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The AIDS Theatre Project

October 1997

imageThe room is dim and depressingly institutional. The last vestiges of sunlight fight their way through grimy windows to compete with fluorescent lights that cast harsh shadows on all the occupants of the room except one. Kevin Frazier seems to glow from within. His energy is not diminished by his surroundings and his smile draws smiles from those around him. A tall, striking man, he pauses dramatically before he speaks. He has the poise and self-confidence of an actor, which is not surprising, because that is exactly what he has become.

"I just want to say one thing." he says. "I just want to say it's really nice to be able to say good-bye to someone in this company and feel good about it. It's nice to say good-bye to someone who is not on the inside of a coffin." He grins and the room fills with the kind of laughter edged with bitterness that often comes with harsh realties.

This a first for the AIDS Theatre Project, and those members who are gathered in the Educational Alliance Building are glad to pay tribute to the first member who is leaving their fold for all the right reasons.

"When you first came to the company you were the most awkward little guy," Kevin continues, holding his hand up to silence the rest of the chattering group. "You were afraid to open your mouth, you couldn't walk straight, you couldn't even hold your head up. You were nervous and knock-kneed and you have evolved into this thing -- Miss Thing."

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David Boyd, who has been with the company for five years, is moving on. He has just been offered a job with the American Red Cross in Washington, D.C. and though it is a wonderful opportunity he realizes the change is going to be hard. "Over the years I've struggled with being part of the company. We've had some real good times and some real hard times but the one thing that happened is that the company became my family."

Letitia Guillory, ATP's artistic director and self-proclaimed den mother, is fierce in her determination to create that feeling. "I'd like to believe I have created an environment where you understand that you are walking into a family. I can't just say you are in. The company members need to see you and feel you out to see if you belong...this group is not just about going to rehearsals, doing your scene, and leaving. There's more to it than that. We are a family within a family and the work grows out of that."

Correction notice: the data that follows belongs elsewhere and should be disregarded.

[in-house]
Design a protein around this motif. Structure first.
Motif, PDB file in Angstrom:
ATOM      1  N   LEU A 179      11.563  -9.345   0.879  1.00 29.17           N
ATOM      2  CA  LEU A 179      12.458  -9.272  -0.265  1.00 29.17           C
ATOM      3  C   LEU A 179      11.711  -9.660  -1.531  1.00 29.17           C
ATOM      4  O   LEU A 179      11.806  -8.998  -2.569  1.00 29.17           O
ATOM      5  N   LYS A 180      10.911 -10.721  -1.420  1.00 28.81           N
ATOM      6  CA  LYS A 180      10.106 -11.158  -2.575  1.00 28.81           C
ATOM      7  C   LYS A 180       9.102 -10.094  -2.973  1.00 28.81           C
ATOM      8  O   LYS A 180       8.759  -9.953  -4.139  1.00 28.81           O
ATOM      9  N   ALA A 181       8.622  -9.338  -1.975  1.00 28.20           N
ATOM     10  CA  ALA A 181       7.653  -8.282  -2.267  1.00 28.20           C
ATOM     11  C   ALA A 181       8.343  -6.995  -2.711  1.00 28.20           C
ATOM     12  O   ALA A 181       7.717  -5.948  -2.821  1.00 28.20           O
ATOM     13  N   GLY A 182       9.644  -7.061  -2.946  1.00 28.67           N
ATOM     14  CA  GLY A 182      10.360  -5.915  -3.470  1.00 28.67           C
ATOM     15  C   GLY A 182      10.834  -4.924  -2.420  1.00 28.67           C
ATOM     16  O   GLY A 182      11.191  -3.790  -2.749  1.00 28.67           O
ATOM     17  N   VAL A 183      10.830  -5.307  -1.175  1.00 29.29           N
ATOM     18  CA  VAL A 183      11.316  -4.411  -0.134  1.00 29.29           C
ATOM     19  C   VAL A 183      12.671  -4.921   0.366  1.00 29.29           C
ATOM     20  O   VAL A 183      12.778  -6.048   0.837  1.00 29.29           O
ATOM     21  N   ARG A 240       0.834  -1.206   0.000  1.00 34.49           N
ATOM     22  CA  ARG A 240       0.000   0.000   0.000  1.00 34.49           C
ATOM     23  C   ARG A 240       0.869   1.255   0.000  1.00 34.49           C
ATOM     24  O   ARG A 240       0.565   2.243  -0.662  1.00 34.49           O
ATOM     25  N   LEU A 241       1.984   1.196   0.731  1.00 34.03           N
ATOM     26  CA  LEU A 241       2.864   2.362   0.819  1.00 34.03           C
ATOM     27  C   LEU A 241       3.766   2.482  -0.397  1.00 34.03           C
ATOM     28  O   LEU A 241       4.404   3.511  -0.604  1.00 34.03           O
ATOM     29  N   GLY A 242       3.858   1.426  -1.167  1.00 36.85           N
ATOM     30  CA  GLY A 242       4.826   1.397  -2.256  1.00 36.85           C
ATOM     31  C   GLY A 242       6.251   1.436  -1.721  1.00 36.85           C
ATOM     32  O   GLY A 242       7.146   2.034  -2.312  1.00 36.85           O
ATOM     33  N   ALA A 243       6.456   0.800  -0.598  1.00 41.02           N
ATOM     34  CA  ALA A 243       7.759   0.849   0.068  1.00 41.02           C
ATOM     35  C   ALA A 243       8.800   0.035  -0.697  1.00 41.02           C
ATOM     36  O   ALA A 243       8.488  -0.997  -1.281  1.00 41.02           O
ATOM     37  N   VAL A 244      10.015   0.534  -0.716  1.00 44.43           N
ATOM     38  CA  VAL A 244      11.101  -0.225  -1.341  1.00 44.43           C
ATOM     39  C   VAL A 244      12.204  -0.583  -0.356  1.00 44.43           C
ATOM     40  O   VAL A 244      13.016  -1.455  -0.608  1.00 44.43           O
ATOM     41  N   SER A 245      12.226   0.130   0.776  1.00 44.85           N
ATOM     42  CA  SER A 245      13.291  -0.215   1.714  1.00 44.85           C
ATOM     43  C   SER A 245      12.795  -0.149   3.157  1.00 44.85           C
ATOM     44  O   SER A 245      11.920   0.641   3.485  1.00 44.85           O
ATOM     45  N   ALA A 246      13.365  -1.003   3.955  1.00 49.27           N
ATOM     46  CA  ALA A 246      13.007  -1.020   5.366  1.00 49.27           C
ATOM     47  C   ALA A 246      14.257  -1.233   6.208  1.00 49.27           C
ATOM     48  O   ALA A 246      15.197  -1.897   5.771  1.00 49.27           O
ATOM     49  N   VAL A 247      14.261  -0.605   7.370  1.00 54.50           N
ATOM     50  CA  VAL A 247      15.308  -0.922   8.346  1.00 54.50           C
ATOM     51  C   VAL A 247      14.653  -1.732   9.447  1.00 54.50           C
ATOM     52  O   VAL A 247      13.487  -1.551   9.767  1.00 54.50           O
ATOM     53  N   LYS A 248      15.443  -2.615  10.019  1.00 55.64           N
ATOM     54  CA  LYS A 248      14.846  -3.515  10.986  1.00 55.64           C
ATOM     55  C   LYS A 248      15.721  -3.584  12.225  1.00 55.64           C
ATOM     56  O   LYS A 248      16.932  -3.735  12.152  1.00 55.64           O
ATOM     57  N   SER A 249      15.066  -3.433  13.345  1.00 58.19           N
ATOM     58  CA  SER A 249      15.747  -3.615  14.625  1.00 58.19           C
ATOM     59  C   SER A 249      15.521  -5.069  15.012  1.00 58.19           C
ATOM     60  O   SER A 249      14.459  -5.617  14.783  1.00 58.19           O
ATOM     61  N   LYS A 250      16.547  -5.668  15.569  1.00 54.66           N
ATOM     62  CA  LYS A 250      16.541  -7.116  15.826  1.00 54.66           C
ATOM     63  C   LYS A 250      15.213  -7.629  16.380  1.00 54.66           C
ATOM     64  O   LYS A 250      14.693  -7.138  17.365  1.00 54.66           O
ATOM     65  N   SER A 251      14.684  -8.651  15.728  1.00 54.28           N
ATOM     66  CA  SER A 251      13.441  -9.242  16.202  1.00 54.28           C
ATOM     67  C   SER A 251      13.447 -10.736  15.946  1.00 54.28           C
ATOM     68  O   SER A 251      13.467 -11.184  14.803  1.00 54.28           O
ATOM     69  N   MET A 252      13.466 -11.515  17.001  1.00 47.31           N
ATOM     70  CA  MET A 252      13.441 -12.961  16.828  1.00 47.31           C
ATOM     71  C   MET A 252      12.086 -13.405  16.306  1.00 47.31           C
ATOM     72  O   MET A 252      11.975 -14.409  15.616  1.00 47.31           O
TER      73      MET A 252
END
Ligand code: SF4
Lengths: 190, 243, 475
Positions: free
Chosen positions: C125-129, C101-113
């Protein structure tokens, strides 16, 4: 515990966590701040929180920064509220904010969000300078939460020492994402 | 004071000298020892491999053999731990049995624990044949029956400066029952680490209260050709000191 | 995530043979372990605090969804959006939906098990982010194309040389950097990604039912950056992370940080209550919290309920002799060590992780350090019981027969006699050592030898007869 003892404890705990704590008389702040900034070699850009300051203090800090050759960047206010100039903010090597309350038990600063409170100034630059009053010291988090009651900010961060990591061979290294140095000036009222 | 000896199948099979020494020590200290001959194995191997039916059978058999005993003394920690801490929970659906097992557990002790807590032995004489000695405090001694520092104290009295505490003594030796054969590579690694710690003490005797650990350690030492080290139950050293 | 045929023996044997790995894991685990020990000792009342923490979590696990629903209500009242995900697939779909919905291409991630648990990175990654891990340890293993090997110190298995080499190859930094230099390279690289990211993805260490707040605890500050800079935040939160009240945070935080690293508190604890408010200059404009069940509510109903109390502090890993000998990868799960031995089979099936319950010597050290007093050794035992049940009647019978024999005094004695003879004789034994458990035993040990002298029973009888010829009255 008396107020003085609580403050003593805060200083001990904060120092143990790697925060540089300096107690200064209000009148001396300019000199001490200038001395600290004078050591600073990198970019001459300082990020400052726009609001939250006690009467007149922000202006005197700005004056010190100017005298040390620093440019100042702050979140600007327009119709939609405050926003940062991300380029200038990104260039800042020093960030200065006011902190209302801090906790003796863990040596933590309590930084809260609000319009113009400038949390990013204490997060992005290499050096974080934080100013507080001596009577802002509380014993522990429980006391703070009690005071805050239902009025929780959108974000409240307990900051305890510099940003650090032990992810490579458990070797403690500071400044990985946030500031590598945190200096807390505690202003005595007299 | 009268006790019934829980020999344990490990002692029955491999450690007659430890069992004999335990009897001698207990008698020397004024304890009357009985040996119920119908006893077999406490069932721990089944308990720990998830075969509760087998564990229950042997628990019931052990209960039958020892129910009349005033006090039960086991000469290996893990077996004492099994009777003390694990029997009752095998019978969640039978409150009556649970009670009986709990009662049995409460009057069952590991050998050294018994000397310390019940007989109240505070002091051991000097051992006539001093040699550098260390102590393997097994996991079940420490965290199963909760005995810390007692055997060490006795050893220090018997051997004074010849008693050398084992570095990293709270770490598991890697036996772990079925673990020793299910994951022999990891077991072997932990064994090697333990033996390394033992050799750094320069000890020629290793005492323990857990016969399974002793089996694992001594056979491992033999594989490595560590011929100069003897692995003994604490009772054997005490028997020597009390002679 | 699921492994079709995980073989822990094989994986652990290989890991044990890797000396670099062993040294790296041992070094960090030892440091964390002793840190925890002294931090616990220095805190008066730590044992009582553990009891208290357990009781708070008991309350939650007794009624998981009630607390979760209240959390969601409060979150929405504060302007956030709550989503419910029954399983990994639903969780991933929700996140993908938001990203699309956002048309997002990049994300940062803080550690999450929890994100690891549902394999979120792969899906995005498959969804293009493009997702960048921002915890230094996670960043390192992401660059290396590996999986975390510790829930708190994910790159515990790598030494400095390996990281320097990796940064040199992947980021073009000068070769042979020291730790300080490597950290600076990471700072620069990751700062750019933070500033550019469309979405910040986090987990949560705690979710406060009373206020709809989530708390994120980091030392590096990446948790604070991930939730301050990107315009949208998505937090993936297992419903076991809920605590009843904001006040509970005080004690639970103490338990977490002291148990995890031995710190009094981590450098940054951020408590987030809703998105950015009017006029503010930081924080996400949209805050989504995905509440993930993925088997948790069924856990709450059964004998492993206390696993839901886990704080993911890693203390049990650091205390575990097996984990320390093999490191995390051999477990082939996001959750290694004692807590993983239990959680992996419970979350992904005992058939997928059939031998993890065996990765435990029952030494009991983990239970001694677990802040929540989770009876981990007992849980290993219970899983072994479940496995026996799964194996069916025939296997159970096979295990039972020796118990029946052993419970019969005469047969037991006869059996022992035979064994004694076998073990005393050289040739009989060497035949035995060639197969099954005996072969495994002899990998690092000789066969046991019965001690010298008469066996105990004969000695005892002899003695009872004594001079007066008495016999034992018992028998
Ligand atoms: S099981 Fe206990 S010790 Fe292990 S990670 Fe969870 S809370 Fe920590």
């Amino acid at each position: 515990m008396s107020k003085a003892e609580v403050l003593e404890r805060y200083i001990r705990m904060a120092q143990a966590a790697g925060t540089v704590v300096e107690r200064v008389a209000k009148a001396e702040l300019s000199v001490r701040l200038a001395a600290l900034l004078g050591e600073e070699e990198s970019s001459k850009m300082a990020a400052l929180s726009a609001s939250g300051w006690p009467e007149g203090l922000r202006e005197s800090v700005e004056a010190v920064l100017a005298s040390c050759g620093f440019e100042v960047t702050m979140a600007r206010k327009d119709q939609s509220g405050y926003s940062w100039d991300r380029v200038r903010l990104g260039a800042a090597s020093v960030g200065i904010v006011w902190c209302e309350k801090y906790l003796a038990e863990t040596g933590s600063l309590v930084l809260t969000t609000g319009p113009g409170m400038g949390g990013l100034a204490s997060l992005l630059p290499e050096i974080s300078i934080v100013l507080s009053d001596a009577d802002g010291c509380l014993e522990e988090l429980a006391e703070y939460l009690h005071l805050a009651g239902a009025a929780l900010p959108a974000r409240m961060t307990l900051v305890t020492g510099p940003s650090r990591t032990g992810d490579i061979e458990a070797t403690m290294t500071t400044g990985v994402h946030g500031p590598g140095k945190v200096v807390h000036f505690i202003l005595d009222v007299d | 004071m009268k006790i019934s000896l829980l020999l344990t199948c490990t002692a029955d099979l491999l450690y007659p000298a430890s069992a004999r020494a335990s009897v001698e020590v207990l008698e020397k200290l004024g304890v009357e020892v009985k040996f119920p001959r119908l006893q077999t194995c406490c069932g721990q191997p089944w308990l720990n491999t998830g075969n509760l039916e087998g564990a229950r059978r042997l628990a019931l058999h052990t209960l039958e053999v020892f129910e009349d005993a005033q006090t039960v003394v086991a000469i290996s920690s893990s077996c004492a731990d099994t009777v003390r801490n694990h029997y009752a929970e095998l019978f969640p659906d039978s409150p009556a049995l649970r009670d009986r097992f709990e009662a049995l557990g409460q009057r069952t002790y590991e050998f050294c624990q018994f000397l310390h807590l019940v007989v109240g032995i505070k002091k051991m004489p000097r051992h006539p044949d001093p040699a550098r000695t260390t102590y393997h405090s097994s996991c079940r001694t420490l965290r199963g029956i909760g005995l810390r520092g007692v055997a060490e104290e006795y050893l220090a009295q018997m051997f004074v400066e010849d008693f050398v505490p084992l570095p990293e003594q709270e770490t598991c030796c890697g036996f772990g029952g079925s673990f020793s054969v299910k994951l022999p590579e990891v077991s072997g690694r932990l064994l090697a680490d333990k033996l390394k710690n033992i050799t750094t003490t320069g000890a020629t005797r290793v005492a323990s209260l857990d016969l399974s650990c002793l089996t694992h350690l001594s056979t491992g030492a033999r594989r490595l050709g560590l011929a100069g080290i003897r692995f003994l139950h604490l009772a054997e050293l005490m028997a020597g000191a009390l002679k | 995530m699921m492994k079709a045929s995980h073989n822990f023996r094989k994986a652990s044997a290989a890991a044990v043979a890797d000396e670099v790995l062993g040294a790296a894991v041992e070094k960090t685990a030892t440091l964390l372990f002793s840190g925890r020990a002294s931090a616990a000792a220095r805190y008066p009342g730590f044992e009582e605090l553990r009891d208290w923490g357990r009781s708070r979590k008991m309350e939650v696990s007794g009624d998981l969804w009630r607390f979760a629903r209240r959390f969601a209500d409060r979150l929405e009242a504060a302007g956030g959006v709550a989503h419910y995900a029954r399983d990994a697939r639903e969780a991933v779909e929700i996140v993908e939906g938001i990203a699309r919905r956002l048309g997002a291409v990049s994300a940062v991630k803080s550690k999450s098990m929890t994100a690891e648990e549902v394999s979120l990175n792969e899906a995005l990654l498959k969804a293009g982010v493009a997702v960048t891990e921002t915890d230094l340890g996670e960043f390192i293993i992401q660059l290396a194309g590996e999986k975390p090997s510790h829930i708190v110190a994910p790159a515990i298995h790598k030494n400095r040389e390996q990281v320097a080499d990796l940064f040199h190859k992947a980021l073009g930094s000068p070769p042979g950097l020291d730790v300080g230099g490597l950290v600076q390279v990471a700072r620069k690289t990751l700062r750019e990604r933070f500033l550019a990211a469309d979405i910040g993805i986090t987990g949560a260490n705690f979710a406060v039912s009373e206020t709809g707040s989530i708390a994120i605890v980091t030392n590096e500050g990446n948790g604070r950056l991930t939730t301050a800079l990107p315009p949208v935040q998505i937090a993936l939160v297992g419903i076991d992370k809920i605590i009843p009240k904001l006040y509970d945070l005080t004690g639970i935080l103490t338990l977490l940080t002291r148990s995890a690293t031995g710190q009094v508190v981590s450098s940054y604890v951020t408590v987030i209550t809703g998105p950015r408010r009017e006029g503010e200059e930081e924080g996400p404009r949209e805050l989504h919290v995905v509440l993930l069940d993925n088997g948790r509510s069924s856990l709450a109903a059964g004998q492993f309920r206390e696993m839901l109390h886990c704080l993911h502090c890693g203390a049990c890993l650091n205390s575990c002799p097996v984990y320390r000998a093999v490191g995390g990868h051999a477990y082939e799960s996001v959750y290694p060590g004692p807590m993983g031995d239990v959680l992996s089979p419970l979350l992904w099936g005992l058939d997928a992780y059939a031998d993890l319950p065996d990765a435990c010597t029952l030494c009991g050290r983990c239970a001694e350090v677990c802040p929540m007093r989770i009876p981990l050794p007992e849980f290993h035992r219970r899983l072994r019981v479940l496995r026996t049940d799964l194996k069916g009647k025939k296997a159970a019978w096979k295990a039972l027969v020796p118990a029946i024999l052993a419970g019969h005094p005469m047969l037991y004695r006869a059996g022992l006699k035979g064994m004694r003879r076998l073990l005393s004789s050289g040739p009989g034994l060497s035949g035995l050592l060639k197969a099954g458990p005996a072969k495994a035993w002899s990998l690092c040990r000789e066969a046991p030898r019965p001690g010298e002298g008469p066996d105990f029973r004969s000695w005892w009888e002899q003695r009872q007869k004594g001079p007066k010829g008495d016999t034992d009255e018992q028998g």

Kevin, who is the oldest living member of ATP, agrees. "I have stayed in the organization because it felt very much like a home. This is a group of people that care about each other. People have stayed through the hard times -- and we have had hard times -- because people cared about the work and cared about each other. That has been the biggest strength of our organization ...but new members have to be prepared for that. You are a company of actors, but because of the subject matter this is not just a professional gig; you have to know how to support each other."


Life and Death On Stage

The AIDS Theatre Project, founded in 1987, was created to form just that sort of outlet for people with AIDS. For the last ten years it has become a type of drama therapy for the HIV-positive individuals who form its cast and crew, while offering AIDS education to high school and college students as well as community groups. The works performed by ATP are developed and written collectively by the Company, and over the past ten years ATP has completed three major works: "People With AIDS," "This AIDS Thing," and its current play, "Moment to Moment." The plays, which try to use general themes to get their message across, rely on a series of monologues. They are the stories of people living and dying of AIDS.

Speaking with an intensity that she seems to bring to everything, Letitia stresses why ATP's educational program works so well. "There is always a great deal of truth happening here because all the monologues are based on cast member's, lives and that's very provocative. Young people want to talk about you. We are not trying to get into their heads; we are just saying, 'ask me anything you like and I'll answer it.' This is a portrait of the truth and that's what makes it very powerful, and one of the main things that separates us from other theatre companies that do this kind of work."

But can you really reach an audience as notoriously difficult as adolescents? Kids have at times greeted the first line of "This AIDS Thing," where the character admits that he/she has AIDS, with a resounding "Who cares?!" Letitia realizes that it is not the fault of the kids that they react to the cast of the Project in this way. They are, she feels, uneducated and uninformed. In her mind, it is the fault of the school systems. "Schools really aren't prepared to do the work to make their students' experience with us the most powerful thing it can be. They don't do any preparation before and they don't take care of their kids after. If the same kids had gotten some HIV education or maybe just a rap session we may not have gotten that response. I would love to be in residence in a school for three or four weeks and talk to the kids about condom negotiation and abstinence. Let the kids create their own theatre projects. No one has asked us, but that's my dream!"